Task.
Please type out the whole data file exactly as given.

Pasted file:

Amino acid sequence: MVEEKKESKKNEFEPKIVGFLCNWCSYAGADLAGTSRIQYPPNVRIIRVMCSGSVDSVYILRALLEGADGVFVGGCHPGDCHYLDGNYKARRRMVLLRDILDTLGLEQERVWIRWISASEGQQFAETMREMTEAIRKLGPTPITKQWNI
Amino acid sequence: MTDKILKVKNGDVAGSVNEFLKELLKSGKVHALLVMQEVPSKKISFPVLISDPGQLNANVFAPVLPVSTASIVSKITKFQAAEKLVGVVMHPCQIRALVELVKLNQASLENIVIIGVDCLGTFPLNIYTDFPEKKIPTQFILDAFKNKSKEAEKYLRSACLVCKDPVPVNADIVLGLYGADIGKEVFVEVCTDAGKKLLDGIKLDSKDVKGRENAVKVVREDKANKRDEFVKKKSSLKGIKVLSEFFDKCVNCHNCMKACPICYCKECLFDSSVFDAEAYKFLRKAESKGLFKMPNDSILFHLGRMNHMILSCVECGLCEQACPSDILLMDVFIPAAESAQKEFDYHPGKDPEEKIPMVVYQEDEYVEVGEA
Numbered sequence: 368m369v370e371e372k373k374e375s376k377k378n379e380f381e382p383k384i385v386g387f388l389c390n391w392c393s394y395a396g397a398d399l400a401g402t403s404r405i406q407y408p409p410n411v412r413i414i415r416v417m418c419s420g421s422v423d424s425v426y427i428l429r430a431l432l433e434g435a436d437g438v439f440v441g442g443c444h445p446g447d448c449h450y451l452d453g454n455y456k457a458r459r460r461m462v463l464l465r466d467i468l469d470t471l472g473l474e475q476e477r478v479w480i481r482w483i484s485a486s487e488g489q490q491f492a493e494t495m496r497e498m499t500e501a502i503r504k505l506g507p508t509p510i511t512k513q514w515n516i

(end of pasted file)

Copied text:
Amino acid sequence: MVEEKKESKKNEFEPKIVGFLCNWCSYAGADLAGTSRIQYPPNVRIIRVMCSGSVDSVYILRALLEGADGVFVGGCHPGDCHYLDGNYKARRRMVLLRDILDTLGLEQERVWIRWISASEGQQFAETMREMTEAIRKLGPTPITKQWNI
Amino acid sequence: MTDKILKVKNGDVAGSVNEFLKELLKSGKVHALLVMQEVPSKKISFPVLISDPGQLNANVFAPVLPVSTASIVSKITKFQAAEKLVGVVMHPCQIRALVELVKLNQASLENIVIIGVDCLGTFPLNIYTDFPEKKIPTQFILDAFKNKSKEAEKYLRSACLVCKDPVPVNADIVLGLYGADIGKEVFVEVCTDAGKKLLDGIKLDSKDVKGRENAVKVVREDKANKRDEFVKKKSSLKGIKVLSEFFDKCVNCHNCMKACPICYCKECLFDSSVFDAEAYKFLRKAESKGLFKMPNDSILFHLGRMNHMILSCVECGLCEQACPSDILLMDVFIPAAESAQKEFDYHPGKDPEEKIPMVVYQEDEYVEVGEA
Numbered sequence: 368m369v370e371e372k373k374e375s376k377k378n379e380f381e382p383k384i385v386g387f388l389c390n391w392c393s394y395a396g397a398d399l400a401g402t403s404r405i406q407y408p409p410n411v412r413i414i415r416v417m418c419s420g421s422v423d424s425v426y427i428l429r430a431l432l433e434g435a436d437g438v439f440v441g442g443c444h445p446g447d448c449h450y451l452d453g454n455y456k457a458r459r460r461m462v463l464l465r466d467i468l469d470t471l472g473l474e475q476e477r478v479w480i481r482w483i484s485a486s487e488g489q490q491f492a493e494t495m496r497e498m499t500e501a502i503r504k505l506g507p508t509p510i511t512k513q514w515n516i